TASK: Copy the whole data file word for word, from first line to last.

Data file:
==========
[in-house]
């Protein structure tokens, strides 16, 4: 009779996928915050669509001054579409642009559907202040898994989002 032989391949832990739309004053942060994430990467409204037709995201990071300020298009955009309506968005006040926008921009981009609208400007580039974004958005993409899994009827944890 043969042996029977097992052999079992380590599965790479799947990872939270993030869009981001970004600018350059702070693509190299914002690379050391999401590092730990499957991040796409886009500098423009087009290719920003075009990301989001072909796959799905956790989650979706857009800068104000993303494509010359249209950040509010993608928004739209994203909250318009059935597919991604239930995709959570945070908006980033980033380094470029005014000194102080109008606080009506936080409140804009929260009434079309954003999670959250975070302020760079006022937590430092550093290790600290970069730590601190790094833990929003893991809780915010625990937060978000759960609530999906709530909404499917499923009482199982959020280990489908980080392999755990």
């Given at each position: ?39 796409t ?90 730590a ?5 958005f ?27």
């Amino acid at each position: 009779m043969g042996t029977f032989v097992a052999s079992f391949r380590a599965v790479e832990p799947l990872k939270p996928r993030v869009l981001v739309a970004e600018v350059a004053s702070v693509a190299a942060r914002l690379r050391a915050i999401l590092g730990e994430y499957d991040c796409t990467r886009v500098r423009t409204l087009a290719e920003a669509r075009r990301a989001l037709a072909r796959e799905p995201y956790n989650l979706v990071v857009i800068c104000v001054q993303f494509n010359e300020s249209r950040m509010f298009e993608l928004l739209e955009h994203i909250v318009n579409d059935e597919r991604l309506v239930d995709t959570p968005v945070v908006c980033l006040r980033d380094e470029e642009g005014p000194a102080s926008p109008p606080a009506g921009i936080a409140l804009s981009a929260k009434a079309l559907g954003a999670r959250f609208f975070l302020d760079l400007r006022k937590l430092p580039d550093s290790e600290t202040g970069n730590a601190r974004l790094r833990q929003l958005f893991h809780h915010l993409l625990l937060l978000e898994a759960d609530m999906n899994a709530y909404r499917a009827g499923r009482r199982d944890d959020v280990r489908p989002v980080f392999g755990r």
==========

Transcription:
[in-house]
């Protein structure tokens, strides 16, 4: 009779996928915050669509001054579409642009559907202040898994989002 032989391949832990739309004053942060994430990467409204037709995201990071300020298009955009309506968005006040926008921009981009609208400007580039974004958005993409899994009827944890 043969042996029977097992052999079992380590599965790479799947990872939270993030869009981001970004600018350059702070693509190299914002690379050391999401590092730990499957991040796409886009500098423009087009290719920003075009990301989001072909796959799905956790989650979706857009800068104000993303494509010359249209950040509010993608928004739209994203909250318009059935597919991604239930995709959570945070908006980033980033380094470029005014000194102080109008606080009506936080409140804009929260009434079309954003999670959250975070302020760079006022937590430092550093290790600290970069730590601190790094833990929003893991809780915010625990937060978000759960609530999906709530909404499917499923009482199982959020280990489908980080392999755990």
């Given at each position: ?39 796409t ?90 730590a ?5 958005f ?27």
């Amino acid at each position: 009779m043969g042996t029977f032989v097992a052999s079992f391949r380590a599965v790479e832990p799947l990872k939270p996928r993030v869009l981001v739309a970004e600018v350059a004053s702070v693509a190299a942060r914002l690379r050391a915050i999401l590092g730990e994430y499957d991040c796409t990467r886009v500098r423009t409204l087009a290719e920003a669509r075009r990301a989001l037709a072909r796959e799905p995201y956790n989650l979706v990071v857009i800068c104000v001054q993303f494509n010359e300020s249209r950040m509010f298009e993608l928004l739209e955009h994203i909250v318009n579409d059935e597919r991604l309506v239930d995709t959570p968005v945070v908006c980033l006040r980033d380094e470029e642009g005014p000194a102080s926008p109008p606080a009506g921009i936080a409140l804009s981009a929260k009434a079309l559907g954003a999670r959250f609208f975070l302020d760079l400007r006022k937590l430092p580039d550093s290790e600290t202040g970069n730590a601190r974004l790094r833990q929003l958005f893991h809780h915010l993409l625990l937060l978000e898994a759960d609530m999906n899994a709530y909404r499917a009827g499923r009482r199982d944890d959020v280990r489908p989002v980080f392999g755990r």